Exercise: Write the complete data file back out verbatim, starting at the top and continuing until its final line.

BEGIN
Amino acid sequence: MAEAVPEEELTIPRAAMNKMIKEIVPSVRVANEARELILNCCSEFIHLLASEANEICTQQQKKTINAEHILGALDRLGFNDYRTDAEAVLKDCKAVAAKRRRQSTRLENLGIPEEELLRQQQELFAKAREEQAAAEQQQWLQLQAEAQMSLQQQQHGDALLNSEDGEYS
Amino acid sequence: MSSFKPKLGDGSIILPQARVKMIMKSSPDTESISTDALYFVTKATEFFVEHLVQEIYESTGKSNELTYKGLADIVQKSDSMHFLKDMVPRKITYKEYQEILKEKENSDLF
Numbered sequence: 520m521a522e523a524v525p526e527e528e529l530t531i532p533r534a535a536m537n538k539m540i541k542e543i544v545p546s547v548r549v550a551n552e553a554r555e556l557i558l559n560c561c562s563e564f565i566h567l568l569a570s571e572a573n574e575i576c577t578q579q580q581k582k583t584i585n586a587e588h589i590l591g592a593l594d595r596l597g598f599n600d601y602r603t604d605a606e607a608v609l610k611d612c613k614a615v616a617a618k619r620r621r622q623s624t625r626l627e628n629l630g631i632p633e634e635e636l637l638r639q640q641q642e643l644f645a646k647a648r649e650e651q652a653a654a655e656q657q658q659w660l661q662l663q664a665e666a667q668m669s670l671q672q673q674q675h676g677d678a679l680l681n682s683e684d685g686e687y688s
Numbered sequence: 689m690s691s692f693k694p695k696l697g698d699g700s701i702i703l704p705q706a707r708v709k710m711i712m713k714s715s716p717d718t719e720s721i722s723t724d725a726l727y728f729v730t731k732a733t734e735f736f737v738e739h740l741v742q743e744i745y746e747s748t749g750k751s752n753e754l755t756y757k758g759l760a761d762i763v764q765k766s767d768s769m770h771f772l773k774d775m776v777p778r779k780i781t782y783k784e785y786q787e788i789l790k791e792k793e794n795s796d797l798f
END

Amino acid sequence: MAEAVPEEELTIPRAAMNKMIKEIVPSVRVANEARELILNCCSEFIHLLASEANEICTQQQKKTINAEHILGALDRLGFNDYRTDAEAVLKDCKAVAAKRRRQSTRLENLGIPEEELLRQQQELFAKAREEQAAAEQQQWLQLQAEAQMSLQQQQHGDALLNSEDGEYS
Amino acid sequence: MSSFKPKLGDGSIILPQARVKMIMKSSPDTESISTDALYFVTKATEFFVEHLVQEIYESTGKSNELTYKGLADIVQKSDSMHFLKDMVPRKITYKEYQEILKEKENSDLF
Numbered sequence: 520m521a522e523a524v525p526e527e528e529l530t531i532p533r534a535a536m537n538k539m540i541k542e543i544v545p546s547v548r549v550a551n552e553a554r555e556l557i558l559n560c561c562s563e564f565i566h567l568l569a570s571e572a573n574e575i576c577t578q579q580q581k582k583t584i585n586a587e588h589i590l591g592a593l594d595r596l597g598f599n600d601y602r603t604d605a606e607a608v609l610k611d612c613k614a615v616a617a618k619r620r621r622q623s624t625r626l627e628n629l630g631i632p633e634e635e636l637l638r639q640q641q642e643l644f645a646k647a648r649e650e651q652a653a654a655e656q657q658q659w660l661q662l663q664a665e666a667q668m669s670l671q672q673q674q675h676g677d678a679l680l681n682s683e684d685g686e687y688s
Numbered sequence: 689m690s691s692f693k694p695k696l697g698d699g700s701i702i703l704p705q706a707r708v709k710m711i712m713k714s715s716p717d718t719e720s721i722s723t724d725a726l727y728f729v730t731k732a733t734e735f736f737v738e739h740l741v742q743e744i745y746e747s748t749g750k751s752n753e754l755t756y757k758g759l760a761d762i763v764q765k766s767d768s769m770h771f772l773k774d775m776v777p778r779k780i781t782y783k784e785y786q787e788i789l790k791e792k793e794n795s796d797l798f